It rained heavily for most of Saturday morning, but that did not prevent die-hard supporters from participating in the second Annual Walk-a-ton aimed at raising funds to aid Vincentian athletes at the prestigious Penn Relays in Philadelphia, Pa.
The event, which took place at the sprawling Marine Park, at the southern tip of Brooklyn, and organized by the Brooklyn-based group Club St. Vincent, Inc., drew support not only from club members but also from a cross-section of the Vincentian community.
Walkers, obviously, donned rain gear and warm clothing, and protected themselves further by using large umbrellas in the blustery, cold weather, as they navigated around the scenic park.
“It think it went well,” Ancilla Friday, Club St. Vincent, Inc.’s public relations officer and main co-ordinator of the event, told Caribbean Life, in an exclusive interview, afterwards. “Some people did not come because of the rain, but we walked to raise funds for these athletes and to get some exercise as well.
“We had a good crowd, nice crowd,” added Friday, who first broached the idea to club members when she was president two years ago. “We’ve established a good relationship with the people [administrators] at Marine Park, and this event will grow.
“The T-shirts [promoting the event] were added incentives, and I’m very excited about the event,” she continued.
Auton “Frankie” George, Club St. Vincent, Inc.’s treasurer, brought along, for the second year, his only child and daughter, Zulema, the popular fashion designer in Brooklyn.
“I always believe it’s important to support these young folks in whatever endeavor they seek to undertake,” said the economist and accountant. “Athletics fosters not only integrity in kids, but competition is good for personal development.
“And these kids [athletes from the Thomas Saunders Secondary School) coming from St. Vincent and the Grenadines and participating in something like this [Penn Relays]is very good,” he added. “I will always support something like this.”
About Zulema’s participation, George said: “She’s a trooper; she always gets involved in these things. I try to tell her that it’s not always about her but about service to the community.
“I’m very happy that she really has matured, and tries to be involved [in community activities] and tries to do her best,” he said.
Former president, now trustee, Sandra Millington, an erstwhile teacher of the Richmond Hill Government School, renamed Thomas Saunders Secondary School [TSSS], said she had a vested interest in supporting the school’s athletes.
Millington said a number of people had financially pledged to the Walk-a-ton and had expressed interest in walking but stayed home because of the treacherous weather.
“I think we need to know rain will not melt salt,” she said in jest. “They pledged, but it rained. It was coming down very heavy, but we had good camaradie. It’ll [Walk-a-ton] continue. We’re committed to helping [the athletes].”
Pamela Mornix, Club St. Vincent’s vice president, agreed, saying it is, indeed, a noble cause.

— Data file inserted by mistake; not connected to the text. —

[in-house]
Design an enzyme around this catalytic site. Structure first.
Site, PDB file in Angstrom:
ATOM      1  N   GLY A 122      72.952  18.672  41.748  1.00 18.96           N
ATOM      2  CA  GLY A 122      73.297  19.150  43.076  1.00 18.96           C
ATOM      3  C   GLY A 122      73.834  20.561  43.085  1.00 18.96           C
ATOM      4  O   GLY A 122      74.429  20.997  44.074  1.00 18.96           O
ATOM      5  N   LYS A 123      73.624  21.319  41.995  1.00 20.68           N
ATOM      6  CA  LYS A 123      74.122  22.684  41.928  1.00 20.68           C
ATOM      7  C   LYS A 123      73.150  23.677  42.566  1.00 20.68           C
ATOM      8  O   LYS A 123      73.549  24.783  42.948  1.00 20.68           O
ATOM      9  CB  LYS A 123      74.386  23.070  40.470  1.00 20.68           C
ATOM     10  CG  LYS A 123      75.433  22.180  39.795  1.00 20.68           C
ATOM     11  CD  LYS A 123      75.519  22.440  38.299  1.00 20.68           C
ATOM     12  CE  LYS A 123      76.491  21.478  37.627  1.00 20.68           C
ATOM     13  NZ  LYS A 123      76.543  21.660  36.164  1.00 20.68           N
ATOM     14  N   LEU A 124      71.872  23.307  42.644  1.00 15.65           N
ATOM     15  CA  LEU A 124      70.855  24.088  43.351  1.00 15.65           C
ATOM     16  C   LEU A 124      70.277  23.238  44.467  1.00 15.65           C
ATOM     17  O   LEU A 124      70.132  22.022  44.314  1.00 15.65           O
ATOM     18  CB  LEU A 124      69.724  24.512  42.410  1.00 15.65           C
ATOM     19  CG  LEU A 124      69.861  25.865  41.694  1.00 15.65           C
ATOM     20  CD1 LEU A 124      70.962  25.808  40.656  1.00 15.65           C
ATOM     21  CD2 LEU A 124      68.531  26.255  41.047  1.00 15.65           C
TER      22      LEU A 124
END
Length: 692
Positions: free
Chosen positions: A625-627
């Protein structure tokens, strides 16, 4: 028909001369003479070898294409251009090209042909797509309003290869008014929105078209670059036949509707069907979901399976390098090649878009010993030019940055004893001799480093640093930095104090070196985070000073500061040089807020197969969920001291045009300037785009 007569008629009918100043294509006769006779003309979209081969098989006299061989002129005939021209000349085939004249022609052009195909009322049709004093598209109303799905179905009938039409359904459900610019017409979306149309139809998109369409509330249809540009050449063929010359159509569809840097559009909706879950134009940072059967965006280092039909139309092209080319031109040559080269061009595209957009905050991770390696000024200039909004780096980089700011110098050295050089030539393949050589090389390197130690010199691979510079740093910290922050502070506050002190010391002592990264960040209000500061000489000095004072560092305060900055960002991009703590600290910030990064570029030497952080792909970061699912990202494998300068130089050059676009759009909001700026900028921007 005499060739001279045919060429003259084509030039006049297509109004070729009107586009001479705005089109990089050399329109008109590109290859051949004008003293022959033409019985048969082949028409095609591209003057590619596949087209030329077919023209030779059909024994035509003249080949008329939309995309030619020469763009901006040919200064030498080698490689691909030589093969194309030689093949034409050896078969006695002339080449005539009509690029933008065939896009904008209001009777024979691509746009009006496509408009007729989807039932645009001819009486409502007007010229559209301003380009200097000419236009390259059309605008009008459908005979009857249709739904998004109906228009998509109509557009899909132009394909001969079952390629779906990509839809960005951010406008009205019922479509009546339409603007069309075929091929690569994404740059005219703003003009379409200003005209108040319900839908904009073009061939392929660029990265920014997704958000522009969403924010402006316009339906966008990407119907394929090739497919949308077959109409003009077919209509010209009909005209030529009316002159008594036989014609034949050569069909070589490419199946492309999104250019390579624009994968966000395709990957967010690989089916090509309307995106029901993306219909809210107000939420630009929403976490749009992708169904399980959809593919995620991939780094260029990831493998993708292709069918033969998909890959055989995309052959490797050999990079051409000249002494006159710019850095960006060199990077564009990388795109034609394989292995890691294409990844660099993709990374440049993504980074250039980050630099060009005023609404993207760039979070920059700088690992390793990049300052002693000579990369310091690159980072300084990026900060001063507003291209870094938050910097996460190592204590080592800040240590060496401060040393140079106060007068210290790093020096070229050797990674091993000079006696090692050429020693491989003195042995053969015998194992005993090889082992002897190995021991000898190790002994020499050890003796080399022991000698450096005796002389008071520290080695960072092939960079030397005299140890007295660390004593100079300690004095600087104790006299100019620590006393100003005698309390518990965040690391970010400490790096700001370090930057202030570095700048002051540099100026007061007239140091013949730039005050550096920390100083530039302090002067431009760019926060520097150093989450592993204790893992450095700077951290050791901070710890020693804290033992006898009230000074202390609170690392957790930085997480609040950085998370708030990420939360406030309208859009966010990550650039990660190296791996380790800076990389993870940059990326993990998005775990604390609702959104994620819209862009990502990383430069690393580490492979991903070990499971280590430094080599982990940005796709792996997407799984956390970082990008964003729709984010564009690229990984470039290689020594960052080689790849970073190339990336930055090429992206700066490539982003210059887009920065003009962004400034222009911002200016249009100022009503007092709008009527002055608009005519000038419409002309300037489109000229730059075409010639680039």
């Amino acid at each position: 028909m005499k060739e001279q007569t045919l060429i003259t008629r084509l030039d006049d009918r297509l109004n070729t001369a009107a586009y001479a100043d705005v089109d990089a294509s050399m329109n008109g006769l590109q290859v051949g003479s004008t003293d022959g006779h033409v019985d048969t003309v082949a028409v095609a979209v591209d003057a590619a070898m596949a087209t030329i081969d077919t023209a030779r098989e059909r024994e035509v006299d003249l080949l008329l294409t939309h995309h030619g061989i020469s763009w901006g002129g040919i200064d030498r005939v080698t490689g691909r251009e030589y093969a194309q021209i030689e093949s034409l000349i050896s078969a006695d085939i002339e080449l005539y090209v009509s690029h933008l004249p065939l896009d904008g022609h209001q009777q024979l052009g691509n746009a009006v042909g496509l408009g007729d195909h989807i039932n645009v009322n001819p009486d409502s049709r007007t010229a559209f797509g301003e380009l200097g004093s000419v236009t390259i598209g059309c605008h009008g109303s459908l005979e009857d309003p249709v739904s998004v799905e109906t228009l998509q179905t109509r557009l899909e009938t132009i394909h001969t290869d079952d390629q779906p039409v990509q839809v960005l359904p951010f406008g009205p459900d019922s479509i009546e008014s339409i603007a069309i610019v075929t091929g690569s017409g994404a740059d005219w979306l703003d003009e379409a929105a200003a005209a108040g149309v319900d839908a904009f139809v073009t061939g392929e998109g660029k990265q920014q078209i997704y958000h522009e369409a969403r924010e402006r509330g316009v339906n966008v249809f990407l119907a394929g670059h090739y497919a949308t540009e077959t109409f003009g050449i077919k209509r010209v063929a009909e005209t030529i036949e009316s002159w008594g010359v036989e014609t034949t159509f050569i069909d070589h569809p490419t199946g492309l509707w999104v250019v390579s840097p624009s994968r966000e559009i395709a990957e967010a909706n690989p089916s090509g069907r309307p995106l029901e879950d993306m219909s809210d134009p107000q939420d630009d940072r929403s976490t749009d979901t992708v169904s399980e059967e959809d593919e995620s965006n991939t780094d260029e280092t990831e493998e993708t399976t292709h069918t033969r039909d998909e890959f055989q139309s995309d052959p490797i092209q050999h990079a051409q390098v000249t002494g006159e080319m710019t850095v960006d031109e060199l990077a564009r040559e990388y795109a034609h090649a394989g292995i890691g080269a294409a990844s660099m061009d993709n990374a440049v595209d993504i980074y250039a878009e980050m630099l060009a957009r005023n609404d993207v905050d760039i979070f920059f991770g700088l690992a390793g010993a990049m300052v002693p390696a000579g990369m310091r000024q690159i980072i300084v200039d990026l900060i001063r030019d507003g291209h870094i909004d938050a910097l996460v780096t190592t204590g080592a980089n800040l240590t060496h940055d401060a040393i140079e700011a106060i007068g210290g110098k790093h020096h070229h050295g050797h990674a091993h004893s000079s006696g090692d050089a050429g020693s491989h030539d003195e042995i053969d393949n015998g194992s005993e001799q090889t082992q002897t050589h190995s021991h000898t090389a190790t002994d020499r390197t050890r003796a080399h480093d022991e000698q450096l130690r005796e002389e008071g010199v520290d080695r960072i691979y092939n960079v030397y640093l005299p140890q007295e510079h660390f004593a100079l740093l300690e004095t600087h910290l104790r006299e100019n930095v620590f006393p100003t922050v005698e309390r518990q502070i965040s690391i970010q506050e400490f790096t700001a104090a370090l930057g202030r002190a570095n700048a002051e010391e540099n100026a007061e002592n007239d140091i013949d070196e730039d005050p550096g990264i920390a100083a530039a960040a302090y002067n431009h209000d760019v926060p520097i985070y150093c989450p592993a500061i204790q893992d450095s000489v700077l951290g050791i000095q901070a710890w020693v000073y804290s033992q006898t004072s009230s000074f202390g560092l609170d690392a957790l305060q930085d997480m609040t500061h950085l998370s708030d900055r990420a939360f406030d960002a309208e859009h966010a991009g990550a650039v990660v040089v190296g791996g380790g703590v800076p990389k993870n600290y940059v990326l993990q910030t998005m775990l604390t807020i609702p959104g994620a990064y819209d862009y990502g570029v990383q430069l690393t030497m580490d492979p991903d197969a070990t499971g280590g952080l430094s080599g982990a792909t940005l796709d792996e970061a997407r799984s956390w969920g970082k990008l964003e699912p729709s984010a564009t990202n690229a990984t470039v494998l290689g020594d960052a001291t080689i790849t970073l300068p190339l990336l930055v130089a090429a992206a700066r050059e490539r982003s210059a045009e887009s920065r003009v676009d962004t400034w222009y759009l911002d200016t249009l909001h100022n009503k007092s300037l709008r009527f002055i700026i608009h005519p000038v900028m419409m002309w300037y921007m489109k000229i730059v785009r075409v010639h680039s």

“People, who did not show up, made pledges,” she said. “We expected a lot more [walkers], but we did well. This is something [that] we’re going to continue to help the kids [TSSS athletes].”
Laverne McDowald-Thompson, president of the Brooklyn-based umbrella Vincentian organization in the U.S., Council of St. Vincent and the Grenadines Organizations, U.S.A, Inc. (COSAGO), told Caribbean Life that “the cold and rainy weather weren’t any match for the stalwart supporters who came out to participate in the Walk-a-ton, organized by Club St. Vincent Inc., a member of COSAGO.
“The support of the organization to raise funds in aid of the athletes from home to take part in the Penn Relay Games is welcomed wholeheartedly,” said McDowald-Thompson, who walked with Curlina Edwards, a lawyer and secretary of the Brooklyn-based Chateaubelair Development Organization, of which McDowald-Thompson is also president.
“I believe the Walk-a-ton is also a way of creating awareness and support for our athletes,” added McDowald-Thompson, a former school teacher at home, stating that the Philadelphia-based St. Vincent and the Grenadines Organization of Pennsylvania, Inc. (SVGOP) and COSAGO have been co-sponsoring the athletes for the last five years.
“I must say that we are truly grateful to Club St. Vincent, Inc. and others, such as the DeShong sisters and Claudette Thomas-Butler, who have been aiding us in our endeavor to raise funds each year to take care of the athletes when they come to participate in the games,” she added.
McDowald-Thompson said COSAGO is organizing a busload of nationals, as in previous years, to trek supporters to Philadelphia early Saturday morning, April 30, on the last day of the three-day Penn Relays Carnival, to render boisterous support to TSSS athletes.
James Cordice, the Philadelphia-based brainchild behind St. Vincent and the Grenadines’ participation in the relays, said he has been working very hard on preparations for the country’s fifth consecutive year vie.